A pioneering poet of the Romantic movement, William Wordsworth was made Poet Laureate in 1843 for his lyrical innovation.
Part of the Macmillan Collector’s Library; a series of stunning, clothbound, pocket sized classics with gold foiled edges and ribbon markers. These beautiful books make perfect gifts or a treat for any book lover. This edition has an introduction by Peter Harness.
Selected Poems contains some of Wordsworth’s most acclaimed and influential works including an extract from his magnus opus, The Prelude, alongside shorter poems such as ‘I Wandered Lonely as a Cloud’, ‘To a Skylark’ and ‘Tintern Abbey’. Wordsworth’s poems, more often than not written at his home in Grasmere in the beautiful English Lake District, are lyrical evocations of nature and divinity. They have a force and clarity of language akin to everyday speech which was revolutionary at the time.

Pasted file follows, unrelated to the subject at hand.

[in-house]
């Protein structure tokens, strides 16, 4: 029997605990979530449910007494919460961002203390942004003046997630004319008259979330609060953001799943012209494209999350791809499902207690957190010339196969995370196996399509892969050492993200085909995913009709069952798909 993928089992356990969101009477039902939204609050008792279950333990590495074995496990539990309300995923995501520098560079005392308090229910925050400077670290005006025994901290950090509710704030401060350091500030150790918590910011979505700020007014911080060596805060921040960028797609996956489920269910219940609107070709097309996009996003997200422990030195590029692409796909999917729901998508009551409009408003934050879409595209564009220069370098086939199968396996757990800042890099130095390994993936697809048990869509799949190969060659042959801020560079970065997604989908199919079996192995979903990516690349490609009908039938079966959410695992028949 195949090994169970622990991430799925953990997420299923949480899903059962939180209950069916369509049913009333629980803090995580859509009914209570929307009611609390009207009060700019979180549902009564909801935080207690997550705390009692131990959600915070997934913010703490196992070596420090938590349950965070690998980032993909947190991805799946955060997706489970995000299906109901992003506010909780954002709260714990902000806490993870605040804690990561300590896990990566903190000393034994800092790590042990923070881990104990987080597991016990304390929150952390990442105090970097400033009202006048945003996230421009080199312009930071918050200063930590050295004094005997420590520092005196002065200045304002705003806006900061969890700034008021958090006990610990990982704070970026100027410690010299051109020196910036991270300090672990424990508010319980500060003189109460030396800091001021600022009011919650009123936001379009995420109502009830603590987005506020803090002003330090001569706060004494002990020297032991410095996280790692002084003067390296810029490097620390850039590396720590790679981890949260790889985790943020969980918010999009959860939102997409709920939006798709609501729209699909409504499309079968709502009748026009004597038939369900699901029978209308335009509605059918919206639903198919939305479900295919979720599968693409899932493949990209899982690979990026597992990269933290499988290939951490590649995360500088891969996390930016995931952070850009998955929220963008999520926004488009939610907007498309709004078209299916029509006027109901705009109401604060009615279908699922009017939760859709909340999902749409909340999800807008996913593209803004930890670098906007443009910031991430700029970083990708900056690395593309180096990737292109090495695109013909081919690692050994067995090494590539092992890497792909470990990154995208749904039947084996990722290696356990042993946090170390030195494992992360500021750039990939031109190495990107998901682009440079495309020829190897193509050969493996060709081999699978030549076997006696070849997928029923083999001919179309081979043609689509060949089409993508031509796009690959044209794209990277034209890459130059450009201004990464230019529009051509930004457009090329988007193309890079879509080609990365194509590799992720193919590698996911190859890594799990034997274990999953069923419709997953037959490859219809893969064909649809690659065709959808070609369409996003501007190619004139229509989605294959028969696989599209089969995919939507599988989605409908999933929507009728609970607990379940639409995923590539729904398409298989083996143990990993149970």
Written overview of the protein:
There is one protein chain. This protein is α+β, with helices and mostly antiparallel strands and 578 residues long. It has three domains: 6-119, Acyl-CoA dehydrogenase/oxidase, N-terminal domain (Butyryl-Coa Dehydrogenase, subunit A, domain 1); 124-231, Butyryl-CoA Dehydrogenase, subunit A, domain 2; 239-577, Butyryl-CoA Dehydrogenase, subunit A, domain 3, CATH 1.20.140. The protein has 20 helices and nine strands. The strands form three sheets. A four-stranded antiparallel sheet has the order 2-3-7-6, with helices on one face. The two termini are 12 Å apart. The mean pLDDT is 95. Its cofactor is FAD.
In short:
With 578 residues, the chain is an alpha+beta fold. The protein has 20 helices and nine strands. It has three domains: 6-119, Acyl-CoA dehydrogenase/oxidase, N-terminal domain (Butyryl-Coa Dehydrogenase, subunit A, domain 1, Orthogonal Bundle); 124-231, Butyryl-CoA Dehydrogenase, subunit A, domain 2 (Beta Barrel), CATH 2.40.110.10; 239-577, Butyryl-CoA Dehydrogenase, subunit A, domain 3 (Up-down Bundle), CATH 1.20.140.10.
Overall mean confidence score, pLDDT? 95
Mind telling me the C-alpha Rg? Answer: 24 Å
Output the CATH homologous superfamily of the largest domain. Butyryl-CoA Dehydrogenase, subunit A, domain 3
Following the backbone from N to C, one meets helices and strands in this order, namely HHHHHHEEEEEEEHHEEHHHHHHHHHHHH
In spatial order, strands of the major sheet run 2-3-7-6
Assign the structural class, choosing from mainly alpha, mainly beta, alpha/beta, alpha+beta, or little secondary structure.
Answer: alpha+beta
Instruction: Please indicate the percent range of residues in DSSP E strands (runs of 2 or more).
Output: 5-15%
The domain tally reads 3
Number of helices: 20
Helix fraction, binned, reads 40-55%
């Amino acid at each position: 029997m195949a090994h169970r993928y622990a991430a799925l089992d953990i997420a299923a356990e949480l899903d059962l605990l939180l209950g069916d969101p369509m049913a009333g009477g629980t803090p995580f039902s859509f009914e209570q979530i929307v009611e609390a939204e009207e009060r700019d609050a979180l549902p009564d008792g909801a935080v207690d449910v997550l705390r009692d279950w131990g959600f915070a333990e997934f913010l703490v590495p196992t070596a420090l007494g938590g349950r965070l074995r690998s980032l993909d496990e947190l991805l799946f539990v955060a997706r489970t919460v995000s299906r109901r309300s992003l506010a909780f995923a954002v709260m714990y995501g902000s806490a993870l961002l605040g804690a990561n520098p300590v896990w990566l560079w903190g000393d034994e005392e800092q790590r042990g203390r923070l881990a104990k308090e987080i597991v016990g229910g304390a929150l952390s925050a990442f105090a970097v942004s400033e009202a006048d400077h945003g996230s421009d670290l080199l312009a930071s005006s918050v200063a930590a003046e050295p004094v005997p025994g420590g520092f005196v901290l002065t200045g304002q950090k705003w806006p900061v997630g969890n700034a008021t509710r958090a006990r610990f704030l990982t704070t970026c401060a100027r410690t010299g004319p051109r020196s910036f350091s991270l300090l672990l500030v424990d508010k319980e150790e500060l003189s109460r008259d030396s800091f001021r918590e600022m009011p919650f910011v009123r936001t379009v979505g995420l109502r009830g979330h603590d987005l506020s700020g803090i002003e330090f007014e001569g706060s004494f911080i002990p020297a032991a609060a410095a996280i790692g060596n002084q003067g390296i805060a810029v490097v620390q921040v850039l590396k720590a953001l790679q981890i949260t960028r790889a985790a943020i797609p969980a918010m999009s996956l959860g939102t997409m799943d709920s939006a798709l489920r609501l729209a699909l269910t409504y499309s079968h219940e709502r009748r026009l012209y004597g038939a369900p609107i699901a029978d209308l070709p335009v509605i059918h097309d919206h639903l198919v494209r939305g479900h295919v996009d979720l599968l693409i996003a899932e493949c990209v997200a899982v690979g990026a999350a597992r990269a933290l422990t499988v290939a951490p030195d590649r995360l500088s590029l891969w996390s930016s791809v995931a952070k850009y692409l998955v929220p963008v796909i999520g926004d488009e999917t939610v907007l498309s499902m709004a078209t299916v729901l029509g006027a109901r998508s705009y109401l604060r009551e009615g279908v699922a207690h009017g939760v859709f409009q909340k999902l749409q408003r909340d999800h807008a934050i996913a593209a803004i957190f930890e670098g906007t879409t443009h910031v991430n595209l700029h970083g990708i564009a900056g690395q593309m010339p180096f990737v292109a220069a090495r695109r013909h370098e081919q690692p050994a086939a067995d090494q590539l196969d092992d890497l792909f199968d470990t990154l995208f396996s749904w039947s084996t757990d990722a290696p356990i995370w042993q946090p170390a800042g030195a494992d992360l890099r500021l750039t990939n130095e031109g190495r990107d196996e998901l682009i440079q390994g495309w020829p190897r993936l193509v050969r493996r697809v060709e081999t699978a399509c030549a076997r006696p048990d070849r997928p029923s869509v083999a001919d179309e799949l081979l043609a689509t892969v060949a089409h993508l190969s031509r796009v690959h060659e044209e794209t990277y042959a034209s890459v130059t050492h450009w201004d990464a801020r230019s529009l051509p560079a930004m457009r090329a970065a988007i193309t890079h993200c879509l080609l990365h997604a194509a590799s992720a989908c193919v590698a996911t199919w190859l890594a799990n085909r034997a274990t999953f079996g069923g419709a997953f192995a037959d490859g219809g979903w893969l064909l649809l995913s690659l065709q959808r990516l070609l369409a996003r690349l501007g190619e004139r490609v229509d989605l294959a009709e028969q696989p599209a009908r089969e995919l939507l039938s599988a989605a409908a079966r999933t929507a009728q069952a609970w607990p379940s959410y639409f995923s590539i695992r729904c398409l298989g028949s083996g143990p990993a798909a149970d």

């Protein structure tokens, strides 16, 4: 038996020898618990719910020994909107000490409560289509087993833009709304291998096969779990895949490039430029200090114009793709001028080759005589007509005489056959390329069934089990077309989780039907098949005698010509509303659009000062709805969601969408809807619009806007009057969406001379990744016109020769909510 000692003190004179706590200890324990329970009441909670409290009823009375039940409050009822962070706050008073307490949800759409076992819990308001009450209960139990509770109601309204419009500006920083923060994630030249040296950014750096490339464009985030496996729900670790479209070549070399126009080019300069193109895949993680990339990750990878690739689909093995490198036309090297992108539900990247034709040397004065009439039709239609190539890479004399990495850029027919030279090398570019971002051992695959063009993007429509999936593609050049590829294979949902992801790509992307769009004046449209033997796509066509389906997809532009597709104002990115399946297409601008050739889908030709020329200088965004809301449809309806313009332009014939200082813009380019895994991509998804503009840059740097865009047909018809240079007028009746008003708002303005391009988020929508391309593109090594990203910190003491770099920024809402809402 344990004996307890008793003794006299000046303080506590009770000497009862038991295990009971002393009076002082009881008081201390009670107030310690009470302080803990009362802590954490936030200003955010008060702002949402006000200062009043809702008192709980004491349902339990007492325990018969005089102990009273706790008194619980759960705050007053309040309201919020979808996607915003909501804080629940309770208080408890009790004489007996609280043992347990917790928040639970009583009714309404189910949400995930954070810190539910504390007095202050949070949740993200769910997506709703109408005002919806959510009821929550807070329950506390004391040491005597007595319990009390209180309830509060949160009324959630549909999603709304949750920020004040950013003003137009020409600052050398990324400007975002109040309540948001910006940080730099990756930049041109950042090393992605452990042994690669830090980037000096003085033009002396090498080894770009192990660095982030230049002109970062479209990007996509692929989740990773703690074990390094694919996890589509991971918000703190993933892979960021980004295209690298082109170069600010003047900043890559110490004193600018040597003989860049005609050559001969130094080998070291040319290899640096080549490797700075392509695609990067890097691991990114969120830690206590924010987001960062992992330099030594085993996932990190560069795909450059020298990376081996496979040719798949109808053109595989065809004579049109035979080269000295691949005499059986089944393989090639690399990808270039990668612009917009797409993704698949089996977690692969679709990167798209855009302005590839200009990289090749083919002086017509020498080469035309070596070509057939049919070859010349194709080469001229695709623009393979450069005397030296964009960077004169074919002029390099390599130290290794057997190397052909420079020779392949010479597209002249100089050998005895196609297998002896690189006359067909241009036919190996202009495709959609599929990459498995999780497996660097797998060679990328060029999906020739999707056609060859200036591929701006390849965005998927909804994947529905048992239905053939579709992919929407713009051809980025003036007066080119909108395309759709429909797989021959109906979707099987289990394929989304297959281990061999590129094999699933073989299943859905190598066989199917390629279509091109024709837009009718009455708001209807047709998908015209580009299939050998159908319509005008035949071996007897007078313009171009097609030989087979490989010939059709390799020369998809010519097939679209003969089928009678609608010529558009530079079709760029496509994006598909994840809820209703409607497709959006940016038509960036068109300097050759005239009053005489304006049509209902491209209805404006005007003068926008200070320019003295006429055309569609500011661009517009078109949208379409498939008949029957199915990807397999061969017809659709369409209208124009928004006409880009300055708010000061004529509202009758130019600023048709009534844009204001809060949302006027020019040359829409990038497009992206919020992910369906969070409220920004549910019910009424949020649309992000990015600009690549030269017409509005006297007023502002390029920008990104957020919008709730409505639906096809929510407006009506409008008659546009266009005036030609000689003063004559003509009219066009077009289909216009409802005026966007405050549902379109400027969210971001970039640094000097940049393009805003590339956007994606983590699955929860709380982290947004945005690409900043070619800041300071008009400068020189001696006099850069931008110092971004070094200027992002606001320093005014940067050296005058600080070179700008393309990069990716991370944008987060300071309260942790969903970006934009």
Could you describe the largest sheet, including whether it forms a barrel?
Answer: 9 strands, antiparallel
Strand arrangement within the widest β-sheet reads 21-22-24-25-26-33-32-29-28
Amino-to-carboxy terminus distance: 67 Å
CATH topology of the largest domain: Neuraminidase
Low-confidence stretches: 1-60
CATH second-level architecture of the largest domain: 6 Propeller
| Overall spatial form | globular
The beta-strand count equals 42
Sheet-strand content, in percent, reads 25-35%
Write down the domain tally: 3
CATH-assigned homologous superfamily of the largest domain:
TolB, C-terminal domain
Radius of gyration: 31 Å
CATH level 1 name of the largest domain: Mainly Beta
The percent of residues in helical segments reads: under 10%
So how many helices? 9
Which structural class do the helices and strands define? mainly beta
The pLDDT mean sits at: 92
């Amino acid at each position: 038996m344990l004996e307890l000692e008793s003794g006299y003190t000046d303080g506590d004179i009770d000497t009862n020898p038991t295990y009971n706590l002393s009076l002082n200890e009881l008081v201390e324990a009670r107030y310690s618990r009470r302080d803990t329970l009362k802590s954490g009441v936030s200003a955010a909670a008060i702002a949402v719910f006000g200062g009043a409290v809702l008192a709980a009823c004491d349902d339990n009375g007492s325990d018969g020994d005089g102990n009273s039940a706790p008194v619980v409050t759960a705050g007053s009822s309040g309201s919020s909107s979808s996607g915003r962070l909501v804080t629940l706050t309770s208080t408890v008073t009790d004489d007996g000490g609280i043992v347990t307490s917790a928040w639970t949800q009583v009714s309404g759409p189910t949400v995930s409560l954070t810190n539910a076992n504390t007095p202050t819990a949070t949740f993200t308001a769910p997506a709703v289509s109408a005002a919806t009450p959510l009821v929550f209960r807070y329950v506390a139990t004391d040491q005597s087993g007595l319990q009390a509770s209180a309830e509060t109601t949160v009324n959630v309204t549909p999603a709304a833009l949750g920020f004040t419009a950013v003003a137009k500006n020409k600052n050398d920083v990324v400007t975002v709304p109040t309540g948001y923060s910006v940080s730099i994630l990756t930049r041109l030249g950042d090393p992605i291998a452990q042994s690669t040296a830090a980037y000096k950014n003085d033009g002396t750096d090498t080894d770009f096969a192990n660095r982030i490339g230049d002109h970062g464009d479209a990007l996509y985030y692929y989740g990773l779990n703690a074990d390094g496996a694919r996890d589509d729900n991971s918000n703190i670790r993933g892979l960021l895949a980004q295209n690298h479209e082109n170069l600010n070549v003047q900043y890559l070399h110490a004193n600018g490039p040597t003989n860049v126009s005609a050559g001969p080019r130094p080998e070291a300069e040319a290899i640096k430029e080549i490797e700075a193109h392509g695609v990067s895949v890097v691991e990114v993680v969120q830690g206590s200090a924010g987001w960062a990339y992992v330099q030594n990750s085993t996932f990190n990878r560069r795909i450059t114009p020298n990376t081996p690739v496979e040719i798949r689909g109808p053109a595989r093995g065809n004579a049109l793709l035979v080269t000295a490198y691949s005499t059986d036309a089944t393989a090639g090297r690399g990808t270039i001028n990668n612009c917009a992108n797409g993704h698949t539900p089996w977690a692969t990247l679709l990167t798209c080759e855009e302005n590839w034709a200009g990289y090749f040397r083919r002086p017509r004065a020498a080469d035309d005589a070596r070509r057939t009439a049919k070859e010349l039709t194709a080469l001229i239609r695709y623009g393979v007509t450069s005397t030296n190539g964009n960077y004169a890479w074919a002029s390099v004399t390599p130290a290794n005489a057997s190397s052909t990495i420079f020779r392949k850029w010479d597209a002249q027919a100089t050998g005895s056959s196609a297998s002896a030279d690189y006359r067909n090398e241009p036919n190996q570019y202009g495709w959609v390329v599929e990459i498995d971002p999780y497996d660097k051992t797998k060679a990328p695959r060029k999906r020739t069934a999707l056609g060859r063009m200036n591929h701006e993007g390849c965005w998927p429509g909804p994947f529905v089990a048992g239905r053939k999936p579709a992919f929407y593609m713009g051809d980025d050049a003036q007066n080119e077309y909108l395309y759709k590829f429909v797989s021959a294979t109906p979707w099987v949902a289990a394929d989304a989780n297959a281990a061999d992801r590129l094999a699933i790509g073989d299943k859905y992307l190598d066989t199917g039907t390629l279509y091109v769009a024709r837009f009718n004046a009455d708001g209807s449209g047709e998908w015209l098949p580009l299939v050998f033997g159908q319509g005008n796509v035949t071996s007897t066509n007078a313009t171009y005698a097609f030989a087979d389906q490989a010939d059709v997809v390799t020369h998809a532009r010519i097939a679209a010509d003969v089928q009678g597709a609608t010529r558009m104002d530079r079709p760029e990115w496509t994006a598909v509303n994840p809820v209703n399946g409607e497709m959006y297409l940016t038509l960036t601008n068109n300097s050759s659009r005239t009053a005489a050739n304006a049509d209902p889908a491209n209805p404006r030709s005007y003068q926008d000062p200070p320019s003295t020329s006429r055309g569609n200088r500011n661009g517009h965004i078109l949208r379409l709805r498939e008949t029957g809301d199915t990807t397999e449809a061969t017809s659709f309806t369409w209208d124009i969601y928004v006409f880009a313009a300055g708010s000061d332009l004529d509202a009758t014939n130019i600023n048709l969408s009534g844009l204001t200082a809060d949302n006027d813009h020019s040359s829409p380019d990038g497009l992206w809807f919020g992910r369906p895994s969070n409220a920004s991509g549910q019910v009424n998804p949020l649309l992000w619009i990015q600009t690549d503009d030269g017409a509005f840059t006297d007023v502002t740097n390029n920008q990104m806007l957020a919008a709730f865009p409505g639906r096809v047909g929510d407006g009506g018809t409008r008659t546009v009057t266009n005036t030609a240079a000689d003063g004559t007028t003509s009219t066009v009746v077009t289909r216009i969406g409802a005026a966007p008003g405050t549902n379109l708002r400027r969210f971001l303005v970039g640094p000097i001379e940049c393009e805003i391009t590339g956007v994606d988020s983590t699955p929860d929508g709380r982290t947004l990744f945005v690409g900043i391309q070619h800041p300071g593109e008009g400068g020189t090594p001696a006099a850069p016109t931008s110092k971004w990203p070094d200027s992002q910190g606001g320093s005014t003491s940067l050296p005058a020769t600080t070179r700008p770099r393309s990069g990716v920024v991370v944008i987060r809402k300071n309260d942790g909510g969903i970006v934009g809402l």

About the Author
William Wordsworth was born on 7 April 1770 at Cockermouth, in the English Lake District, the son of a lawyer. He was one of five children and developed a close bond with his only sister, Dorothy, whom he lived with for most of his life. At the age of 17, shortly after the deaths of his parents, Wordsworth went to St John’s College, Cambridge, and after graduating travelled to Revolutionary France. Upon returning to England he published his first poem and devoted himself wholly to writing. He became great friends with other Romantic poets and collaborated with Samuel Taylor Coleridge on Lyrical Ballads. In 1843, he succeeded Robert Southey as Poet Laureate and died in the year ‘Prelude’ was finally published, 1850.